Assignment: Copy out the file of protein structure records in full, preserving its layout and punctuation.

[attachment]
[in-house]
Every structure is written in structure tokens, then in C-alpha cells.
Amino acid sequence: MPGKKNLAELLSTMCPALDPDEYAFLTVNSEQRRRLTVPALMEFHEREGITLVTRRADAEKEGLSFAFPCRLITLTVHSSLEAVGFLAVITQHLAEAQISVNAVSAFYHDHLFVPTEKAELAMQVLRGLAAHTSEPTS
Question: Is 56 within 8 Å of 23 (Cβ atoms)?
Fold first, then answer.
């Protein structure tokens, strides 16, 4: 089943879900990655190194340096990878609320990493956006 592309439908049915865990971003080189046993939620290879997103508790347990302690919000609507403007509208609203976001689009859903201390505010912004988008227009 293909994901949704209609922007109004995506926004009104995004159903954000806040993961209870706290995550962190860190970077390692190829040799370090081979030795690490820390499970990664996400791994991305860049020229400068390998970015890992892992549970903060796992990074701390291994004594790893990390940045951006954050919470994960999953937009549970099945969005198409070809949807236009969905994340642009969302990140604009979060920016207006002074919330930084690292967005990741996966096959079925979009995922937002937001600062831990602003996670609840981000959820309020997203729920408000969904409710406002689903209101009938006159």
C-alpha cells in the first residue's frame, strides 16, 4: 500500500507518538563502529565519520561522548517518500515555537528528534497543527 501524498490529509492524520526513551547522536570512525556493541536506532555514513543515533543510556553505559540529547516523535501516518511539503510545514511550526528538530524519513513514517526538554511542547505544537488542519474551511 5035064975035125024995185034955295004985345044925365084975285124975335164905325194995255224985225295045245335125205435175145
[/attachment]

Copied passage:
[in-house]
Every structure is written in structure tokens, then in C-alpha cells.
Amino acid sequence: MPGKKNLAELLSTMCPALDPDEYAFLTVNSEQRRRLTVPALMEFHEREGITLVTRRADAEKEGLSFAFPCRLITLTVHSSLEAVGFLAVITQHLAEAQISVNAVSAFYHDHLFVPTEKAELAMQVLRGLAAHTSEPTS
Question: Is 56 within 8 Å of 23 (Cβ atoms)?
Fold first, then answer.
């Protein structure tokens, strides 16, 4: 089943879900990655190194340096990878609320990493956006 592309439908049915865990971003080189046993939620290879997103508790347990302690919000609507403007509208609203976001689009859903201390505010912004988008227009 293909994901949704209609922007109004995506926004009104995004159903954000806040993961209870706290995550962190860190970077390692190829040799370090081979030795690490820390499970990664996400791994991305860049020229400068390998970015890992892992549970903060796992990074701390291994004594790893990390940045951006954050919470994960999953937009549970099945969005198409070809949807236009969905994340642009969302990140604009979060920016207006002074919330930084690292967005990741996966096959079925979009995922937002937001600062831990602003996670609840981000959820309020997203729920408000969904409710406002689903209101009938006159």
C-alpha cells in the first residue's frame, strides 16, 4: 500500500507518538563502529565519520561522548517518500515555537528528534497543527 501524498490529509492524520526513551547522536570512525556493541536506532555514513543515533543510556553505559540529547516523535501516518511539503510545514511550526528538530524519513513514517526538554511542547505544537488542519474551511 5035064975035125024995185034955295004985345044925365084975285124975335164905325194995255224985225295045245335125205435175145